The person who controls this is the husband, the stepmom can not change the actions of her in-laws. It’s also important for the stepmom to remember that divorce is a family affair, the grandparents are grieving the death of the family they dreamed for their grandkids. So its natural to want to remove that pain for them. If their grief turns into showing favoritism or hurting other family members, stepmom, step grandkids or the couples child together (ours babay) then DAD, not stepmom, must step in and speak with his parents. This might require setting some boundaries if the issue is severe. Ackowleding their grief and helping them grieve is also a good way for a stepmom to reveal she understands the in-laws pain. I included two chapters in my divorce recovery book, “When I Do Becomes I Don’t” which are designed for family members. It reveals how to grieve the death of a family members marriage. It provides the dos and don’ts regarding their child and grandchildren when an adult child divorces.  

4. How should a stepmom handle gift-giving? If she has biological kids from a previous marriage, should she and her husband spend an equal amount of money on every kid? Or should they spend less if the kids get an abundance of gifts at their biological mom’s house? 

This is a popular question. The gifts should be equal regardless what the kids receive at the other home. Unfortunately, one of the consequences of divorce and remarriage is that things will not always be fair between the two homes. But giving the stepkids less because they also get gifts at mom’s house is not wise. To the child it communicates shunning, or I’m not equally loved or wanted as the ours baby. This is something the ours baby must learn, and it’s important to remember when considering adding an ours baby to the mix. In the stepfamily the stepsiblings get things at many homes, they visit many homes, they have more family members than I do, they take vacations I may not get, etc.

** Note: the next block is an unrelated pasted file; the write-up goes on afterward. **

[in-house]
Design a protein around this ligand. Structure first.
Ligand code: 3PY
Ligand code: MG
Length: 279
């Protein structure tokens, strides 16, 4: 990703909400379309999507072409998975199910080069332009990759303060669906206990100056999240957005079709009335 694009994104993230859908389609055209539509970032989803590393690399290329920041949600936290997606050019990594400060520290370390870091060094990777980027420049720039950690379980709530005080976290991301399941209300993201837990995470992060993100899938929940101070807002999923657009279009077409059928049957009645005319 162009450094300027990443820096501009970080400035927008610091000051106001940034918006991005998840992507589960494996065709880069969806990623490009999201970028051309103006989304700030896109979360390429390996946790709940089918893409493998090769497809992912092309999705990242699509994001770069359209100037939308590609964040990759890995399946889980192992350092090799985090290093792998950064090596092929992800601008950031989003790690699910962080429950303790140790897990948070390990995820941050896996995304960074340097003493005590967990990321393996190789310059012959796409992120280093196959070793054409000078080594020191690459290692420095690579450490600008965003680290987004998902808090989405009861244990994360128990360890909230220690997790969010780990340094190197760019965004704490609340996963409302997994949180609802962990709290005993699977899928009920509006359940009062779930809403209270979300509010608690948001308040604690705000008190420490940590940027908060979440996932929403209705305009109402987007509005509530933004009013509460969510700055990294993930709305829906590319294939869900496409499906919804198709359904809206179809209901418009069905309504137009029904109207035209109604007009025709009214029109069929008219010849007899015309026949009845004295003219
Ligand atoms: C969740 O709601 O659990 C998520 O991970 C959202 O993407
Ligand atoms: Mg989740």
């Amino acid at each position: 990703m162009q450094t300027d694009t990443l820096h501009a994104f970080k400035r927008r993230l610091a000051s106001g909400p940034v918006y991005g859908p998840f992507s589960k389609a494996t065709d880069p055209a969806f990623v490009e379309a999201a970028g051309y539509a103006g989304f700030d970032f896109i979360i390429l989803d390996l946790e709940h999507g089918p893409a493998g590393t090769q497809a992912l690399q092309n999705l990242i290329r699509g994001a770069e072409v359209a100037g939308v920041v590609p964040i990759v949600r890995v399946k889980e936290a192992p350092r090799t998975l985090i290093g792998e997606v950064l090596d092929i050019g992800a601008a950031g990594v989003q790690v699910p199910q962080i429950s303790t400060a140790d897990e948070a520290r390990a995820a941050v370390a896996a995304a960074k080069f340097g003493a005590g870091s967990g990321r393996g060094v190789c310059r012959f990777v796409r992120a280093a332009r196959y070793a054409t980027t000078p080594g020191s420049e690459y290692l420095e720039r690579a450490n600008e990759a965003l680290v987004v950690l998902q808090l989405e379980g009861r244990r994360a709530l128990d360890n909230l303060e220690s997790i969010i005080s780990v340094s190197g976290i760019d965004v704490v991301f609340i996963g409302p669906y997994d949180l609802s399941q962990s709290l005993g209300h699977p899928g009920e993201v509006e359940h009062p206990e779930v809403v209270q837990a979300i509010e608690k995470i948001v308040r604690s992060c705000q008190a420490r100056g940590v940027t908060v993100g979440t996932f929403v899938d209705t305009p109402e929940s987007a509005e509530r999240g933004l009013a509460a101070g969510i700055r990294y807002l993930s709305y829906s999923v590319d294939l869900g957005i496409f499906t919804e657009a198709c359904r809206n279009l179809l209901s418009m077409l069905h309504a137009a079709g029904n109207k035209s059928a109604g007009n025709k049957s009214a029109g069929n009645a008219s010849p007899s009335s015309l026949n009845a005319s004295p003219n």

5. Are there any benefits to being in a blended family during the holiday season? We tend to dwell on the negative
but please tell me there’s a plus to this as well!

The greatest blessing that can come from stepfamily Christmas is the child observing unity, peace, family structure and creating new traditions. After 29 years as a stepmom I believe the best thing I gave my stepkids was offering an example of how a marriage can survive and thrive. This includes how to handle Christmas stress with a godly attitude. The stepmom may be the only person in this child’s life who is shining the light of Jesus into their life. Stepfamilies have the unique opportunity to reveal how to respond in  a loving manner even when hurt abounds.

Also, in today’s society there are many full time stepmoms. This special role allows the stepmom to share traditions, family
memories, family recipes, etc. with a child that might not have that without her. A stepmom also has the opportunity to teach a stepchild the true meaning of the holiday. If she keeps Jesus as the reason for the season, that will be obvious to others. We must remember that in stepfamilies as well as bio families more is “caught than taught.” The kids are watching how we handle the everyday challenges of life.

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For more tips on navigating the challenges of stepfamily life, you can check out Laura Petherbridge’s latest work, “101 Tips for the Smart Stepmom.”  or find her at laurapetherbridge.com